BlackBerry hires Ron Louks as new President of Devices

Despite disappointing sales, BlackBerry still sees a future where it can compete with mobile devices

Financial trends and news by Steven Loeb
January 6, 2014
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BlackBerry's interim CEO, John Chen, has already made it clear that the company, despite seeing hugely disappointing sales last year, still sees a future in which it is selling mobile devices.

It is going to take a lot of work to get consumers, and enterprise clients, back to a place where they see BlackBerry as a viable option against devices made by Apple, Samsung, Nokia and the other manufactuering giants. That means the company needs to hire someone with a lot of experience, and the ability sell the hell out of its devices.

BlackBerry thinks it has found that person, and has hired Ron Louks as its new President of its Devices and Emerging Solutions group, it was announced on Monday. 

Louks is joining BlackBerry from The OpenNMS Group, where he served as its Chief Executive Officer.  Prior to that, Ron held many leadership positions over several decades in the technology industry, including as the Chief Strategy Officer of HTC America Inc. and the Chief Technology Officer at Sony Ericsson.

“I am pleased to add another outstanding addition to BlackBerry’s executive leadership team with the announcement of Ron today,” Chen said in a statement.  “I am confident that Ron will bring the skills and expertise that will make an immediate impact to BlackBerry and to our customers around the world.”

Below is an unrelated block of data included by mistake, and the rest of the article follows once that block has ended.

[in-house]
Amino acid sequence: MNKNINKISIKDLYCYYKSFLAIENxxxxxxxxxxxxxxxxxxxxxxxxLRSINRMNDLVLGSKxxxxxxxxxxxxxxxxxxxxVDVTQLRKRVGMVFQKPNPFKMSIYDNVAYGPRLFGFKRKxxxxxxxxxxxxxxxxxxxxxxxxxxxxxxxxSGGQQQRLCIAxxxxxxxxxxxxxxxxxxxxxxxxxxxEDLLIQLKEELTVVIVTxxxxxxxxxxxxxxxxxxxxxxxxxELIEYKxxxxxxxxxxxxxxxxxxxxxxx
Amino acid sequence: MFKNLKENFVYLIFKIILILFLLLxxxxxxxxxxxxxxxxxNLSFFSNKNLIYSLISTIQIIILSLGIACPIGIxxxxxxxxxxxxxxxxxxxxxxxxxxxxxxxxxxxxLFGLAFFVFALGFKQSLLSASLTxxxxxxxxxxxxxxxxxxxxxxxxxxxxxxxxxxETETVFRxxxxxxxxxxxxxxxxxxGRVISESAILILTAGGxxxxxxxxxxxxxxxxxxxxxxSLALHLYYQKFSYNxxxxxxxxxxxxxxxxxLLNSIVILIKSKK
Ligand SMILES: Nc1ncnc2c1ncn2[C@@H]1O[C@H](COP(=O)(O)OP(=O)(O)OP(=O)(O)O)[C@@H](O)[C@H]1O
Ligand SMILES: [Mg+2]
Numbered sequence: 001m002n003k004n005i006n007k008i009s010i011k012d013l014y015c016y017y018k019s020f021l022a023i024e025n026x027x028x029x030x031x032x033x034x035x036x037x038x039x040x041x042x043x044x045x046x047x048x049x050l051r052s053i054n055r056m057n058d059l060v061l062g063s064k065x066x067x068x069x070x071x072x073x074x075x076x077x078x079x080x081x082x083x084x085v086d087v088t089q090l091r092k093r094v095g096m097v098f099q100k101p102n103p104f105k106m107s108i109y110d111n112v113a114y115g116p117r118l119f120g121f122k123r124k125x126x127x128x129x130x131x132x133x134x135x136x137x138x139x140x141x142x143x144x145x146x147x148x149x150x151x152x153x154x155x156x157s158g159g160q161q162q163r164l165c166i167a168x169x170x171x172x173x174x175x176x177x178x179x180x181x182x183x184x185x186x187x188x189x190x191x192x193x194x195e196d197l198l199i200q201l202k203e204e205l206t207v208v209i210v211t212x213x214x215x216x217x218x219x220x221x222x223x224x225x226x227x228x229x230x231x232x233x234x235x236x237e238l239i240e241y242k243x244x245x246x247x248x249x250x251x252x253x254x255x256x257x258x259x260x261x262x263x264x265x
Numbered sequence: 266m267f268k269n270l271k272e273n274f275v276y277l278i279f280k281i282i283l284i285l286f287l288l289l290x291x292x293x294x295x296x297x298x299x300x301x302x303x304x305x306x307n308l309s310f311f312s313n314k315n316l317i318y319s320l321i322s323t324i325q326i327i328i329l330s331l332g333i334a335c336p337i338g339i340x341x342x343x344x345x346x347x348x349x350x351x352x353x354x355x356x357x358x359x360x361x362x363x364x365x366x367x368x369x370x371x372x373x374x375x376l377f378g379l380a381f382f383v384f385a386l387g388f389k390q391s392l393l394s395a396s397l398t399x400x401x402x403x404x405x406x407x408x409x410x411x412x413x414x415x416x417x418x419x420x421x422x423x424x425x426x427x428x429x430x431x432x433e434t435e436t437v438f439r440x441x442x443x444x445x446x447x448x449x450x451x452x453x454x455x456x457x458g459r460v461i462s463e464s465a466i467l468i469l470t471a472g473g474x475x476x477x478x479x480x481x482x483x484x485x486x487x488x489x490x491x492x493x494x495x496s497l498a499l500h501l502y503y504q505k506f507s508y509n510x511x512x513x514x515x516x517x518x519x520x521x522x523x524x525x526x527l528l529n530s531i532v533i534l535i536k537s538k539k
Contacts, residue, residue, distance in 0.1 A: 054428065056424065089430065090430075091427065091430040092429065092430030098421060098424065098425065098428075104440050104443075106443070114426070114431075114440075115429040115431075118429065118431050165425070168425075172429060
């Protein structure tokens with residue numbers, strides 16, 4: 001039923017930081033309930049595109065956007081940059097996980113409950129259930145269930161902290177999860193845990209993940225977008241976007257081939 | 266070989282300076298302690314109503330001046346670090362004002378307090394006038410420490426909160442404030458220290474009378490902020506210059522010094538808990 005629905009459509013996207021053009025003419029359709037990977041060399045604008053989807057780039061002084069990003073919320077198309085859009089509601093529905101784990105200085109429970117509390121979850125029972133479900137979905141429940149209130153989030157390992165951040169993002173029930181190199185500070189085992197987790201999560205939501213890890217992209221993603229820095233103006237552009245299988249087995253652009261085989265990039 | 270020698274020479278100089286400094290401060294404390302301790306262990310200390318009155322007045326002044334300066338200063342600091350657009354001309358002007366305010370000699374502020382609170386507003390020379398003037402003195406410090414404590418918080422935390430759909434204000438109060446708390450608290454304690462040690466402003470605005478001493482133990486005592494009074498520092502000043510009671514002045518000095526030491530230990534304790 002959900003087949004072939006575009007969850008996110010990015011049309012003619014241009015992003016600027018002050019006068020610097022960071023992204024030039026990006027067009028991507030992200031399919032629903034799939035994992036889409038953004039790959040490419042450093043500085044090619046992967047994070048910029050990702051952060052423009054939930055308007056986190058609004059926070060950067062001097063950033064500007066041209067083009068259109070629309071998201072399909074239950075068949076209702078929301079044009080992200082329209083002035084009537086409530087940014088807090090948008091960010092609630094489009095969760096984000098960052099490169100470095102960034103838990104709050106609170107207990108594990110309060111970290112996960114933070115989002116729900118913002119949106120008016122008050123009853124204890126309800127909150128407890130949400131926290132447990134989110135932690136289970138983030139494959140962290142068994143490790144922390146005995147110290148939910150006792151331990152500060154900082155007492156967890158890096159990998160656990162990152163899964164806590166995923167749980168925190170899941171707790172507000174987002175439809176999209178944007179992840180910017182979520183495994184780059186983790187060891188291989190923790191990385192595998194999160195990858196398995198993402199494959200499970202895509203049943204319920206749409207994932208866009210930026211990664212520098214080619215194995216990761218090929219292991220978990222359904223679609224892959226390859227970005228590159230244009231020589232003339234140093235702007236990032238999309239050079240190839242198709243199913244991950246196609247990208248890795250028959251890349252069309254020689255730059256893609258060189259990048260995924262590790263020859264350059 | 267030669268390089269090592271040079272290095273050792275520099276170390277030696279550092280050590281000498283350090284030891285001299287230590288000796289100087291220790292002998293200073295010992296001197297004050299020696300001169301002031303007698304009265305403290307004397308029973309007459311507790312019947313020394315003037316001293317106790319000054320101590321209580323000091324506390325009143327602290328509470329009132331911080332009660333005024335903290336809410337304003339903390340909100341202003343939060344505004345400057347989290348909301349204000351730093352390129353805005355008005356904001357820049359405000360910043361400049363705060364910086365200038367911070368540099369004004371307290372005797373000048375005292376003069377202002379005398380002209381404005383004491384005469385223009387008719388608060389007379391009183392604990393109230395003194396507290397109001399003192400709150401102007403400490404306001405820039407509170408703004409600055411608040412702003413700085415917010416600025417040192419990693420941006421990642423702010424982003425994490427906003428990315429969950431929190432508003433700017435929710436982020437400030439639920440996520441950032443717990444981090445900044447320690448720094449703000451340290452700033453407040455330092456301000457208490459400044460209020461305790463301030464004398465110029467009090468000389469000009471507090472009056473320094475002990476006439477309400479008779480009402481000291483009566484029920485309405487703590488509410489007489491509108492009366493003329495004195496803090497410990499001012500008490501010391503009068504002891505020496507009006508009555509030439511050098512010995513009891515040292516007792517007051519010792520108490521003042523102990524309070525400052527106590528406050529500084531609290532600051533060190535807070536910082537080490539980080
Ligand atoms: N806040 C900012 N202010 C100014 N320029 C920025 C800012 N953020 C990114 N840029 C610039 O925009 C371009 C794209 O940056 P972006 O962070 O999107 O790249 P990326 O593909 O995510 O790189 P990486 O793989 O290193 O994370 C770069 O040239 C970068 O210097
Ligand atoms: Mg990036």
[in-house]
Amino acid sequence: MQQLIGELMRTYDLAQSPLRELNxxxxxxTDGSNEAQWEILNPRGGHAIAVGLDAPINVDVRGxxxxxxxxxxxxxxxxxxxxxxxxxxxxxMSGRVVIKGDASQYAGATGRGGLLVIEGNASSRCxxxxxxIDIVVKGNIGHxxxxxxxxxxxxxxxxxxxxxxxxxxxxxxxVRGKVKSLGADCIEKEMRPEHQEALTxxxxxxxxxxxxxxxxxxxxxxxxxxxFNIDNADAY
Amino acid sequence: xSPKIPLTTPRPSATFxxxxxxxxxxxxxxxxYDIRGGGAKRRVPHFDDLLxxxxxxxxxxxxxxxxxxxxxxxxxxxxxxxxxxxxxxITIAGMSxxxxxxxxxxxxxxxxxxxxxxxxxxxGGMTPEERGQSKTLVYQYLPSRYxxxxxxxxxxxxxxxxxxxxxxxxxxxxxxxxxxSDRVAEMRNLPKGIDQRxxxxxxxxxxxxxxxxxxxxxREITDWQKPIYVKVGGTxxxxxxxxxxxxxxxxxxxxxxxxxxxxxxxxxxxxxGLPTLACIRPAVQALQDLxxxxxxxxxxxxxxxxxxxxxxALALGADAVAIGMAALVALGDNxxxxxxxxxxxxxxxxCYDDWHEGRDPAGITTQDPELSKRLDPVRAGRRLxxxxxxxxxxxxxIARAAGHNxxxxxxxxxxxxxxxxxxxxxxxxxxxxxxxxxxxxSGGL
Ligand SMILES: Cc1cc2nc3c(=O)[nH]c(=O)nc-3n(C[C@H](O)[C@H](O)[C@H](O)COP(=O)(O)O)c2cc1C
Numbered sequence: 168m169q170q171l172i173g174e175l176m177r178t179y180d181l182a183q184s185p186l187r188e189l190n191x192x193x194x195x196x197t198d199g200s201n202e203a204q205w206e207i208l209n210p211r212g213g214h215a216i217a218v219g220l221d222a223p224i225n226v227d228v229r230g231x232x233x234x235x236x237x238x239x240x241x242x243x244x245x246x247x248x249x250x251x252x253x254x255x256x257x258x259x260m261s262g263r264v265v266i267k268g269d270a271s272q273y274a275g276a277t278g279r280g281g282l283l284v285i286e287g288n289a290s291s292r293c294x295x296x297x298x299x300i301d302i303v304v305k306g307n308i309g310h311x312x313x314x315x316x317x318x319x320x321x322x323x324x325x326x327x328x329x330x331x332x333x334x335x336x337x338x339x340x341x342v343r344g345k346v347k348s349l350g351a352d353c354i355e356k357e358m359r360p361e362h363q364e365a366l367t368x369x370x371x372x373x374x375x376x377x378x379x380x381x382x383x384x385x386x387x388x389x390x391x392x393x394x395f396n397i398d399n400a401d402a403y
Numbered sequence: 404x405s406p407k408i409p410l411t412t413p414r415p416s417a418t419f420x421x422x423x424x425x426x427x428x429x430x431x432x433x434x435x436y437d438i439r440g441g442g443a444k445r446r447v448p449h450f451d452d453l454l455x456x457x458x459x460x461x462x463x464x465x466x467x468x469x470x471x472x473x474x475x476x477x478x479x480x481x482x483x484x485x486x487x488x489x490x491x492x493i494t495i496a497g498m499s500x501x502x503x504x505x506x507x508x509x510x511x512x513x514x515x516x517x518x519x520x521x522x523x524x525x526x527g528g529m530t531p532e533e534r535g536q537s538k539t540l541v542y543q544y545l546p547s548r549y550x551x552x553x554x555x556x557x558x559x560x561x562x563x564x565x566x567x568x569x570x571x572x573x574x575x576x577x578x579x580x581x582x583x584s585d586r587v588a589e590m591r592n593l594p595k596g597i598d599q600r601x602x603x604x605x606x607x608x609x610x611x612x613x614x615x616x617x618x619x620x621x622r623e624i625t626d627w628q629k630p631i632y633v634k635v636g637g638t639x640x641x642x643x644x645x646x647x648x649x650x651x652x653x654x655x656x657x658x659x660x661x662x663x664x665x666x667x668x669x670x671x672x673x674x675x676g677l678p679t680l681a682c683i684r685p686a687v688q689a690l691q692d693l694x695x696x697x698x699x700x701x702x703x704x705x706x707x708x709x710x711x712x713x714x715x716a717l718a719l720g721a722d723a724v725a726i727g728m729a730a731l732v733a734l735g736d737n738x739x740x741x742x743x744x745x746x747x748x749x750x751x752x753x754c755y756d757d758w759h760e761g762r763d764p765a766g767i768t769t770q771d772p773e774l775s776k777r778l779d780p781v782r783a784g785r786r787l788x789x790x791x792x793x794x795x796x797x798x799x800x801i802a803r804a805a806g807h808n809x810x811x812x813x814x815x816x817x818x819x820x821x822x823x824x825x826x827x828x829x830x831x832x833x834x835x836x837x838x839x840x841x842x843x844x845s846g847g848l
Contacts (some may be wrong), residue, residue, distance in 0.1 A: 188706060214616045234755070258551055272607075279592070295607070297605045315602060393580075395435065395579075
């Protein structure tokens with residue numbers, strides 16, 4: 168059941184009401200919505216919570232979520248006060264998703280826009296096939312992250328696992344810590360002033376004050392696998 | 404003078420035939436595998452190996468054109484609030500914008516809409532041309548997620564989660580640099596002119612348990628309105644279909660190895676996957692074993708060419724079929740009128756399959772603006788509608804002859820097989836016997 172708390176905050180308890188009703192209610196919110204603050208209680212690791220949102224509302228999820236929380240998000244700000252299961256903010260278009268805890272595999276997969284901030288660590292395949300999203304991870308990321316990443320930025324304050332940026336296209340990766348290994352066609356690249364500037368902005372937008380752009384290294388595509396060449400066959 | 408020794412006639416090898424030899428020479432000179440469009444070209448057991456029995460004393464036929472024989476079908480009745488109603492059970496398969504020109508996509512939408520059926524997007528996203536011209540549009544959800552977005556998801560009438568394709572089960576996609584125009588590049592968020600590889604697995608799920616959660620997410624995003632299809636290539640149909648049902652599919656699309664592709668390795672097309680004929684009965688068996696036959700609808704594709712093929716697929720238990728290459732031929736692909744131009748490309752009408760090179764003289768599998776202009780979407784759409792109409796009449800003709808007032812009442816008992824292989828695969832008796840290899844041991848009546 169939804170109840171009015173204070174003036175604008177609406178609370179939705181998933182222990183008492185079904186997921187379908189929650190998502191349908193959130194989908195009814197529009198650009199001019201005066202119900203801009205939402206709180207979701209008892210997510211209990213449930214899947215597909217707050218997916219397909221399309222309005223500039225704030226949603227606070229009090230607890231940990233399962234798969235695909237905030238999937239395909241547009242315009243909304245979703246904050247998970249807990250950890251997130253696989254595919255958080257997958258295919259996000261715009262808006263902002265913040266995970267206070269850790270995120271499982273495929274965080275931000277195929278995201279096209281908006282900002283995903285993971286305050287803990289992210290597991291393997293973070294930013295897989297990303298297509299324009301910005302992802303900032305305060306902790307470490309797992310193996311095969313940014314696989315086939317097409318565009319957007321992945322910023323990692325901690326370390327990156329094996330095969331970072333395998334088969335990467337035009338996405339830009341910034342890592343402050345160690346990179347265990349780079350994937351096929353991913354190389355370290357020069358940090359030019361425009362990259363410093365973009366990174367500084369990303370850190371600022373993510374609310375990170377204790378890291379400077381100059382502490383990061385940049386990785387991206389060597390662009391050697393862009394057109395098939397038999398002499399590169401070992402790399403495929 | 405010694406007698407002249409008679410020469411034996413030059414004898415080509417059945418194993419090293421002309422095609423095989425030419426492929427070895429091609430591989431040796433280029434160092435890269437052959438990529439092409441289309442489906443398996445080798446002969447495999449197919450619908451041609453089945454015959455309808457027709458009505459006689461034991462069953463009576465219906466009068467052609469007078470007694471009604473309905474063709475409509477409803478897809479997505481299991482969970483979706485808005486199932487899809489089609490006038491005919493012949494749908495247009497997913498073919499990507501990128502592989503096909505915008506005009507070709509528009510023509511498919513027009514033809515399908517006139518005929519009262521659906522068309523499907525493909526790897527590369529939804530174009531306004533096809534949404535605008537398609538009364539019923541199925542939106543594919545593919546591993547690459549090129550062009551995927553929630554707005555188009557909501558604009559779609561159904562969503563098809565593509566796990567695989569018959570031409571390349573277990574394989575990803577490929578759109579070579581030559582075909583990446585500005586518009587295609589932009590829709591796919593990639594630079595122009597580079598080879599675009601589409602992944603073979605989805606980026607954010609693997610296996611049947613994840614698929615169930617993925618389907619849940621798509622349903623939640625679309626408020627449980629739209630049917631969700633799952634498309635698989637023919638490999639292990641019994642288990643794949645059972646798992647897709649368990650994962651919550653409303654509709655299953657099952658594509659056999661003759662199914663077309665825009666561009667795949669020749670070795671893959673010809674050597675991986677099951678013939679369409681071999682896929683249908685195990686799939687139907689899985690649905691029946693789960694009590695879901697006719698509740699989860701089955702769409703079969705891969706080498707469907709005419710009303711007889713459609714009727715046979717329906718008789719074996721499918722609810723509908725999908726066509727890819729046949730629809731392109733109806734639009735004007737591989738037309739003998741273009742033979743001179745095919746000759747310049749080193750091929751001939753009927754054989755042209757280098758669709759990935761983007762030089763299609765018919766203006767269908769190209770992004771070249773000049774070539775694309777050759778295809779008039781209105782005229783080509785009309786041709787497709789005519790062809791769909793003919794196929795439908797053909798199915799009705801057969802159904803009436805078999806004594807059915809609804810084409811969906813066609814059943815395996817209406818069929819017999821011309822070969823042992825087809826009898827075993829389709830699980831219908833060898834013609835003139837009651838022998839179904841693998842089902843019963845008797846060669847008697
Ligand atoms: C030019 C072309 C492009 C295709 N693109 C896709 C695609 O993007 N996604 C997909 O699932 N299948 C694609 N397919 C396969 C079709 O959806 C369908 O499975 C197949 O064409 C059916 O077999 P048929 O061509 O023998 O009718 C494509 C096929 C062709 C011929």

In his new position, Louks will be focusing on BlackBerry’s long-term product roadmap, including hardware, software and design, as well as the Company’s joint development efforts. He will be spending the majority of his time with customers, carriers and partners.

"On our path to return BlackBerry to profitability, nothing is more important than remaining deeply connected to our customers, and designing and delivering secure products that exceed their expectations," Chen said.

Louks has his work cut out for him after 2013 was a massively disappointing year for sales of BlackBerry devices.

The company unveiled its latest operating system, BlackBerry 10, in January of last year. It came along with two new devices: the Z10 and the Q10, which hit U.S. stores in March.

Sales of the two devices were disappointing, to say the least. 

BlackBerry sold a total of 2.7 million BB 10 OS handsets in the June quarter, when many had predicted BlackBerry would sell at a good three million Z10 devices alone. But that 2.7 million figure includes both Z10 and Q10 sales. Altogether, BlackBerry’s BB 10 devices made up just 40% of its total handset sales, which means most of its sales were cheaper, older devices.

Sales have been so abysmal, in fact, that the company has decided to cancel two new smartphones that it had tentatively planned to release in 2014.

Despite all of that, Chen is not giving up on being able to sell mobile devices, even if it might make more sense for the company to become more like Android: focusing on the software part of the equation, rather than the hardware.

In order to streamline its device models, though, BlackBerry has already begun to to turn its attention away from North America and toward international markets.

The company is already targeting Indonesia, via a deal with Foxconn, a manufacturer of electronic products and components.

"Leveraging Foxconn's scale and efficiency will also allow us to compete more effectively and create speed to market since we can design for faster product life cycles," Chen said in an op-ed for CNBC written last week.

"With a partner dedicated to our hardware, BlackBerry can focus on what we do best—iconic design, world-class security, software development and enterprise-mobility management."

Now its up Louks to turn around BlackBerry's floundering devices.

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